The Global Recession is Affecting Auction Prices of Fossils
One consequence of the global economic downturn is that fossils of dinosaurs and other prehistoric animals are failing to reach their reserve prices at auction. In the past, wealthy private collectors were able to outbid many museums and other organisations at specialised auctions where rare dinosaur fossils and other exhibits went under the hammer.
Now it looks like even the very wealthy are feeling the pinch. A rare complete skeleton of a 150-million-year-old dinosaur languished on an auction block yesterday, failing to sell despite interest from two museums, the auctioneering company stated. Neither museum could meet the reserve price, an estimated $300,000 dollars for the 3 metre long fossil of the Jurassic Ornithopod Dryosaurus.
Dryosaurus was a common and widespread plant-eating dinosaur of the late Jurassic, it was named by the famous American scientist Othniel Charles Marsh in 1894. This particular specimen was discovered at a private quarry in Wyoming in 1993 and put up for sale by a company called Western Palaeontological Laboratories Inc, in an auction of fossils and other rare palaeontological specimens.
Speaking on behalf of the auctioneers, Josh Chait, Operations Director commented that no one could meet the asking price for this particular lot, stating that this was probably due to “a lack of funding, more than the price”.
The auctioneers are trying to negotiate the sale of this mounted skeleton to a museum, they are prepared to fore-go their commission if the fossil is sold to a museum. Perhaps the problem is that a Dryosaurus is likely to be less of a draw than a mounted skeleton of a fierce meat-eating dinosaur such as an Allosaurus.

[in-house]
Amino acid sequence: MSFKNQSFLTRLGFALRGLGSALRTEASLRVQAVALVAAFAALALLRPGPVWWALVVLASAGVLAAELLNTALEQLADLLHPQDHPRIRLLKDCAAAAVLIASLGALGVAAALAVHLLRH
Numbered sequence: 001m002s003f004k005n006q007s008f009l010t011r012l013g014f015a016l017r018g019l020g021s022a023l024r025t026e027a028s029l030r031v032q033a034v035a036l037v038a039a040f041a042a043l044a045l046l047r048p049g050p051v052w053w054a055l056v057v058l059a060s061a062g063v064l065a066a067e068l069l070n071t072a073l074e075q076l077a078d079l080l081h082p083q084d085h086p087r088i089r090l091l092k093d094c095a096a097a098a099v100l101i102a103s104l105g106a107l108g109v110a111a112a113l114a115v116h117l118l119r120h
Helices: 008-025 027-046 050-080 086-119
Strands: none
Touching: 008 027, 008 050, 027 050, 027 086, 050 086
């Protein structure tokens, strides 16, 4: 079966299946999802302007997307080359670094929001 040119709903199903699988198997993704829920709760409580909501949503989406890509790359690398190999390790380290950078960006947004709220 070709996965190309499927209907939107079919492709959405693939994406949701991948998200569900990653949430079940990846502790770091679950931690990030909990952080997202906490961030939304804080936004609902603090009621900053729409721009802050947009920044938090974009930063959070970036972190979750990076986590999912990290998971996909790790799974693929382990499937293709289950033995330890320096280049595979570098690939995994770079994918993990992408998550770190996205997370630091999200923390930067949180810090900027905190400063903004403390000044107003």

A number of other lots were sold during the auction including a teenage Mammoth skeleton which fetched $55,000 and a nearly complete Mosasaur skeleton that went for $67,000, but neither of these items fetched their expected price. Each of these lots was expected to be sold for more than $100,000. A number of the exhibits were purchased by unidentified private collectors. Let us hope that these specimens are made available to the public for viewing and to scientists for further study, although we suspect that at Everything Dinosaur, this is the last we shall hear of these items as more and more precious fossils end up in the hands of wealthy private collectors.
Commenting on the relatively low prices for some of the lots (in comparison to previous auctions), Josh Chait stated that:
“I can only guess that the economy’s having an effect”.